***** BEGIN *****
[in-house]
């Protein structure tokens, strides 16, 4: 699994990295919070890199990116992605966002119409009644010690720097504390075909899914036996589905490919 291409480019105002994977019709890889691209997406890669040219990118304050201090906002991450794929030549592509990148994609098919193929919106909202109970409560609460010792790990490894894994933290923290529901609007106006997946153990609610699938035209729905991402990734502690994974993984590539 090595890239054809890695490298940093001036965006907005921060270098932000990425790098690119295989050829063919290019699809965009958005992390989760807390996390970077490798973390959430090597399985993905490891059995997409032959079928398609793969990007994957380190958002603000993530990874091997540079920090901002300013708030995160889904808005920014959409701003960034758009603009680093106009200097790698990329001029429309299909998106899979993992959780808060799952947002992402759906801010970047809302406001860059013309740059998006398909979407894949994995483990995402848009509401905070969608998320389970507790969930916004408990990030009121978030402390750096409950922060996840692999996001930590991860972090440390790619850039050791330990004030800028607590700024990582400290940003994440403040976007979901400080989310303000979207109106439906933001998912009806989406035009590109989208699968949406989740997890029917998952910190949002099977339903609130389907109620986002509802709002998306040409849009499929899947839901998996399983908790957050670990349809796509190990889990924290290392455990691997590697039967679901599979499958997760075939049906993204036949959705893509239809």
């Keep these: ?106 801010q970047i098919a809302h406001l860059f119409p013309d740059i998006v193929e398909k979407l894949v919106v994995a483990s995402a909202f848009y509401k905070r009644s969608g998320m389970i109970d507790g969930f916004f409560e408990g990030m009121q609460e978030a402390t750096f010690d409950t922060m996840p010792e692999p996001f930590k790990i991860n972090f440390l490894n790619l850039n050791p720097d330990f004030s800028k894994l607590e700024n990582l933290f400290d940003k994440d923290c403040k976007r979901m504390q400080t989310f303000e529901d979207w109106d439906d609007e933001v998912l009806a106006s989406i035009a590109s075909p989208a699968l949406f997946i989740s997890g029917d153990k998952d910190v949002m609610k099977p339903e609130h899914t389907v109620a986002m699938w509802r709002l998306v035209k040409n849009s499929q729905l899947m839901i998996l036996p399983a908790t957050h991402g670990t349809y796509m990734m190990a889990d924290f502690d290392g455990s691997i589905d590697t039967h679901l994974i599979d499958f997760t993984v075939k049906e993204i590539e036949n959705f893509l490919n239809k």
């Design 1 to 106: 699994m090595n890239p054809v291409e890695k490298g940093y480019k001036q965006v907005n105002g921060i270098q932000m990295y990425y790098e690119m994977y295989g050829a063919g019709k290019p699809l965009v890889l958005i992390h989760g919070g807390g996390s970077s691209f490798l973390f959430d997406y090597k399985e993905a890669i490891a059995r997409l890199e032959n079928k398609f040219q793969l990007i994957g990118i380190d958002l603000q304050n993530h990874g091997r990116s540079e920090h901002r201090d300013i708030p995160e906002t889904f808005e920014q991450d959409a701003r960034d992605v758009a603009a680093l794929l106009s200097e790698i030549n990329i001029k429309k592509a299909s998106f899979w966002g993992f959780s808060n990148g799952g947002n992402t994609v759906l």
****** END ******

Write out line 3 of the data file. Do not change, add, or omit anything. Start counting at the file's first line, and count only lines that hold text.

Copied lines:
């Keep these: ?106 801010q970047i098919a809302h406001l860059f119409p013309d740059i998006v193929e398909k979407l894949v919106v994995a483990s995402a909202f848009y509401k905070r009644s969608g998320m389970i109970d507790g969930f916004f409560e408990g990030m009121q609460e978030a402390t750096f010690d409950t922060m996840p010792e692999p996001f930590k790990i991860n972090f440390l490894n790619l850039n050791p720097d330990f004030s800028k894994l607590e700024n990582l933290f400290d940003k994440d923290c403040k976007r979901m504390q400080t989310f303000e529901d979207w109106d439906d609007e933001v998912l009806a106006s989406i035009a590109s075909p989208a699968l949406f997946i989740s997890g029917d153990k998952d910190v949002m609610k099977p339903e609130h899914t389907v109620a986002m699938w509802r709002l998306v035209k040409n849009s499929q729905l899947m839901i998996l036996p399983a908790t957050h991402g670990t349809y796509m990734m190990a889990d924290f502690d290392g455990s691997i589905d590697t039967h679901l994974i599979d499958f997760t993984v075939k049906e993204i590539e036949n959705f893509l490919n239809k």